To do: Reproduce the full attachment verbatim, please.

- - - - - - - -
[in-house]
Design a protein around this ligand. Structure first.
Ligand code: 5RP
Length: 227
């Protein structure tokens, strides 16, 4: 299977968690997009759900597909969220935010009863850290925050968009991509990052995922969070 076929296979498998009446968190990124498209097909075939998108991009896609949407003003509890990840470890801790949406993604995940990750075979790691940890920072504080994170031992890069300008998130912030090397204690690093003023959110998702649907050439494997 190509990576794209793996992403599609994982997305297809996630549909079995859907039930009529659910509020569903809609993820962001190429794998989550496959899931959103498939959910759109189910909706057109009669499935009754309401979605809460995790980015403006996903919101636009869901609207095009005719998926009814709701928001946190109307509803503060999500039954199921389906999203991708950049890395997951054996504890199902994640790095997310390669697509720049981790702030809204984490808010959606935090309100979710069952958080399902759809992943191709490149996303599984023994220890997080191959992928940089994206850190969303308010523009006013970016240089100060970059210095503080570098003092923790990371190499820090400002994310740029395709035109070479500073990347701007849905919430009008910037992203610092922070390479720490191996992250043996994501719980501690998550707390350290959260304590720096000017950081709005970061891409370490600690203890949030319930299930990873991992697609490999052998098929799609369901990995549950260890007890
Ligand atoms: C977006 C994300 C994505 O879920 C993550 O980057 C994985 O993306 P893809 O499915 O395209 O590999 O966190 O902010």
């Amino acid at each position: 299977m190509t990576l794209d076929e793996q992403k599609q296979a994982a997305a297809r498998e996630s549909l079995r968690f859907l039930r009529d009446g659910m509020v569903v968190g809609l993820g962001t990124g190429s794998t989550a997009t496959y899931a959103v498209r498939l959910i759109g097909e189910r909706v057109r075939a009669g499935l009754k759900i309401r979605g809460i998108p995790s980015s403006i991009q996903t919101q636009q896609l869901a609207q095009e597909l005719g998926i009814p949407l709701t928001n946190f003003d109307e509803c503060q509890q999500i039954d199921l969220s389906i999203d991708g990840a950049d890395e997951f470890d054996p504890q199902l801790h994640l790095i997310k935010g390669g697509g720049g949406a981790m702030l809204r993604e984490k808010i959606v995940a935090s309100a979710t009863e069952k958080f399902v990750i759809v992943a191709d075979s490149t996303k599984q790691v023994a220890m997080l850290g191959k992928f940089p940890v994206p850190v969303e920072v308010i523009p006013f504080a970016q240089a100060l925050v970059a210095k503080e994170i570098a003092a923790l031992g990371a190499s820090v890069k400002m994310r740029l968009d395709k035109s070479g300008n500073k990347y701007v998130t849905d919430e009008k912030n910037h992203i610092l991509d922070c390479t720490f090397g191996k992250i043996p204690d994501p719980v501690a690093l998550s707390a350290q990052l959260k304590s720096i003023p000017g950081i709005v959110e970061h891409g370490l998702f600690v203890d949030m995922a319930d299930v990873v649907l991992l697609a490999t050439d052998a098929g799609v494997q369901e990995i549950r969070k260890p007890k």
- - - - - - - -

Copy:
[in-house]
Design a protein around this ligand. Structure first.
Ligand code: 5RP
Length: 227
């Protein structure tokens, strides 16, 4: 299977968690997009759900597909969220935010009863850290925050968009991509990052995922969070 076929296979498998009446968190990124498209097909075939998108991009896609949407003003509890990840470890801790949406993604995940990750075979790691940890920072504080994170031992890069300008998130912030090397204690690093003023959110998702649907050439494997 190509990576794209793996992403599609994982997305297809996630549909079995859907039930009529659910509020569903809609993820962001190429794998989550496959899931959103498939959910759109189910909706057109009669499935009754309401979605809460995790980015403006996903919101636009869901609207095009005719998926009814709701928001946190109307509803503060999500039954199921389906999203991708950049890395997951054996504890199902994640790095997310390669697509720049981790702030809204984490808010959606935090309100979710069952958080399902759809992943191709490149996303599984023994220890997080191959992928940089994206850190969303308010523009006013970016240089100060970059210095503080570098003092923790990371190499820090400002994310740029395709035109070479500073990347701007849905919430009008910037992203610092922070390479720490191996992250043996994501719980501690998550707390350290959260304590720096000017950081709005970061891409370490600690203890949030319930299930990873991992697609490999052998098929799609369901990995549950260890007890
Ligand atoms: C977006 C994300 C994505 O879920 C993550 O980057 C994985 O993306 P893809 O499915 O395209 O590999 O966190 O902010």
């Amino acid at each position: 299977m190509t990576l794209d076929e793996q992403k599609q296979a994982a997305a297809r498998e996630s549909l079995r968690f859907l039930r009529d009446g659910m509020v569903v968190g809609l993820g962001t990124g190429s794998t989550a997009t496959y899931a959103v498209r498939l959910i759109g097909e189910r909706v057109r075939a009669g499935l009754k759900i309401r979605g809460i998108p995790s980015s403006i991009q996903t919101q636009q896609l869901a609207q095009e597909l005719g998926i009814p949407l709701t928001n946190f003003d109307e509803c503060q509890q999500i039954d199921l969220s389906i999203d991708g990840a950049d890395e997951f470890d054996p504890q199902l801790h994640l790095i997310k935010g390669g697509g720049g949406a981790m702030l809204r993604e984490k808010i959606v995940a935090s309100a979710t009863e069952k958080f399902v990750i759809v992943a191709d075979s490149t996303k599984q790691v023994a220890m997080l850290g191959k992928f940089p940890v994206p850190v969303e920072v308010i523009p006013f504080a970016q240089a100060l925050v970059a210095k503080e994170i570098a003092a923790l031992g990371a190499s820090v890069k400002m994310r740029l968009d395709k035109s070479g300008n500073k990347y701007v998130t849905d919430e009008k912030n910037h992203i610092l991509d922070c390479t720490f090397g191996k992250i043996p204690d994501p719980v501690a690093l998550s707390a350290q990052l959260k304590s720096i003023p000017g950081i709005v959110e970061h891409g370490l998702f600690v203890d949030m995922a319930d299930v990873v649907l991992l697609a490999t050439d052998a098929g799609v494997q369901e990995i549950r969070k260890p007890k």